Of course, the strip did not just focus on space. Sputnik had lit a touch paper on the whole scientific endeavour.  For example, the 9 February 1958 edition of the strip took a quote about solar technology from a vice president at the car company Chrysler and imagined the solar powered vehicles of tomorrow: “Tomorrow the sunmobile may replace the automobile. The power of bottled sunshine will propel it. Your solar sedan will take energy from sunrays and store it in accumulators that work like a battery. This power will drive your car just like gasoline does today.”

This broader scientific remit is also evident in Our New Age, a strip dreamt up in 1957 by the dean of the University of Minnesota Institute of Technology, Dr Athelstan Spilhaus, and launched in 1958 with illustrator Earl Cros. Spilhaus wrote the strip and would later joke that he wore out three artists, as Earl Cros was later succeeded by E C Felton and then Gene Fawcette. When Spilhaus stopped writing the strip in 1973, Fawcette continued with Our New Age, at least until 1975.

Dr Spilhaus was very upfront about his desire to get kids interested in science after the launch of Sputnik. He recalled in an interview: “I decided to [start writing the comic strip] right after Sputnik, when I was disturbed about kids knowing very little about science. Rather than fight my own kids reading the funnies, which is a stupid thing to do, I decided to put something good into the comics, something that was more fun and that might give a little subliminal education.”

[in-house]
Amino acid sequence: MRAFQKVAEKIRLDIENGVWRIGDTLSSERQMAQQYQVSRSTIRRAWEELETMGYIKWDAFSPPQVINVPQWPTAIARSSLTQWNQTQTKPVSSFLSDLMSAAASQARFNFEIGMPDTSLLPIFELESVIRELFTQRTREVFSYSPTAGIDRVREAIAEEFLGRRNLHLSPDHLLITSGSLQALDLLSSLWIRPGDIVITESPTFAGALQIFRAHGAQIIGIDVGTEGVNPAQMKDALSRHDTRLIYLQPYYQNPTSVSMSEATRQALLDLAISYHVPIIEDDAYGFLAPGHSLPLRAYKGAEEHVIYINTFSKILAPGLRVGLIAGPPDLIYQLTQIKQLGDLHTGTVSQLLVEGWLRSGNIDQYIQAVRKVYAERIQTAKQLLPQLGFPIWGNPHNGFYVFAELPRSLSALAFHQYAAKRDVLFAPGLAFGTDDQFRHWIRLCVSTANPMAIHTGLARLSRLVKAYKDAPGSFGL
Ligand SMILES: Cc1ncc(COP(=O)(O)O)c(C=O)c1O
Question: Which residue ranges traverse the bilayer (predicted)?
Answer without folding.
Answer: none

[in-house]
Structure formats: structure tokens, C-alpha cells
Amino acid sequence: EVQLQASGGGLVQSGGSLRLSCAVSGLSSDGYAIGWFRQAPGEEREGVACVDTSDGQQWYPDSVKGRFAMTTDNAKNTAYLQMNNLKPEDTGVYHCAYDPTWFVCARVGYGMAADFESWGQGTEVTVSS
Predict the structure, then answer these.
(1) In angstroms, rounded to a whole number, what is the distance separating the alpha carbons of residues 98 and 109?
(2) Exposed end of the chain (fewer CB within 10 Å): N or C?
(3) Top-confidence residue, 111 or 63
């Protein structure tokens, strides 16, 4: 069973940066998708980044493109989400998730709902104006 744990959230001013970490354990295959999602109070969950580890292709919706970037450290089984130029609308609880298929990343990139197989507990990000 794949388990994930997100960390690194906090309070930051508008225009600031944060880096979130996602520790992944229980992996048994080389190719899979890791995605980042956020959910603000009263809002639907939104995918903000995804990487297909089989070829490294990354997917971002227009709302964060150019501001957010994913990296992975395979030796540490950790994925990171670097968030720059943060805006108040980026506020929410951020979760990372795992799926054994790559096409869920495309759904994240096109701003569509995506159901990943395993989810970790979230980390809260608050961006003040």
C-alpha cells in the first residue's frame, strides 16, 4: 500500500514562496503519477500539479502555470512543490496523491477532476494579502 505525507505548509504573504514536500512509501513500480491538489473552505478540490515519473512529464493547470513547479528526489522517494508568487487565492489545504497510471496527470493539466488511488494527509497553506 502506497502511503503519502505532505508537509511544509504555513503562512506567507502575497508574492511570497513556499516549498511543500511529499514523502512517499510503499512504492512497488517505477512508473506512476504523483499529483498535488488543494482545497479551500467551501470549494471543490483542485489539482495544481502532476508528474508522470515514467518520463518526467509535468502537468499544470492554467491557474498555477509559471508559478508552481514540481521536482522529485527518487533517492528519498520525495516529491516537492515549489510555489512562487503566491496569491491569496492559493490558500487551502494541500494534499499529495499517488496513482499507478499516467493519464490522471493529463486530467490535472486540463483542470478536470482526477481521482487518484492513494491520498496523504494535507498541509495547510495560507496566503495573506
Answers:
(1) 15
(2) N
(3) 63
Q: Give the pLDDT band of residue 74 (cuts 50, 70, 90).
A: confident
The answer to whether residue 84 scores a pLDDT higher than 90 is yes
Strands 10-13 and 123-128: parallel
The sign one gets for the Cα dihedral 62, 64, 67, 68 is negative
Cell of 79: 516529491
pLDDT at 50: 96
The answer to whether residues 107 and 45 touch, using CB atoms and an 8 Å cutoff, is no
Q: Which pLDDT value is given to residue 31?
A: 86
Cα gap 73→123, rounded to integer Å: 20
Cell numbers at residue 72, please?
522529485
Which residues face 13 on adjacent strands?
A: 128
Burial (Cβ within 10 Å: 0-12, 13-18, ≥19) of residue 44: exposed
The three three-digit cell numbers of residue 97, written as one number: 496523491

But it wasn’t just kids that were influenced by Our New Age. After President John F Kennedy appointed Dr Spilhaus to a position directing the science exhibits at the 1962 Seattle World’s Fair, he met with JFK. The president reportedly told Spilhaus at that meeting, “The only science I ever learned was from reading your comic strip in the Boston Globe.” It’s an extraordinary admission, particularly from a president who just a year earlier had announced plans to put an American on the moon.

The 26 September 1965 edition of Our New Age was typical in that it laid out scientific facts and history in the first few panels, and then predicted what modern science might do with future technologies. This strip, on “ultra cold” explained that in 1860 a Scottish scientist had produced a temperature of almost -40 degrees F. By the last panel we see scientists in the year 2165, looking after two people and their dog laying in tubes while in a state of “cryogenic hibernation,” waiting to be brought back to life.

It is easy to dismiss strips like this as simply a technicolor curiosity of an age long gone. However, I believe they offer much more. Pop culture, by its definition, offers a reflection of the interests, preoccupations, fears and desires of the time. The Sputnik launch perfectly exemplifies this – showing an impulsive response to the Soviet’s technological triumph.

The importance of science was suddenly brought home by a distant beep in the skies above the Earth, inspiring a generation to explore new frontiers. And though public opinion polls from the time show that the children of this era were more excited about the prospects of the space age than their parents, the techno-utopian visions of Radebaugh and Spilhaus gave people a window on to these beginnings. The hi-tech world we live in owes a debt to a simple silver sphere that captured the world’s attention more than 50 years ago.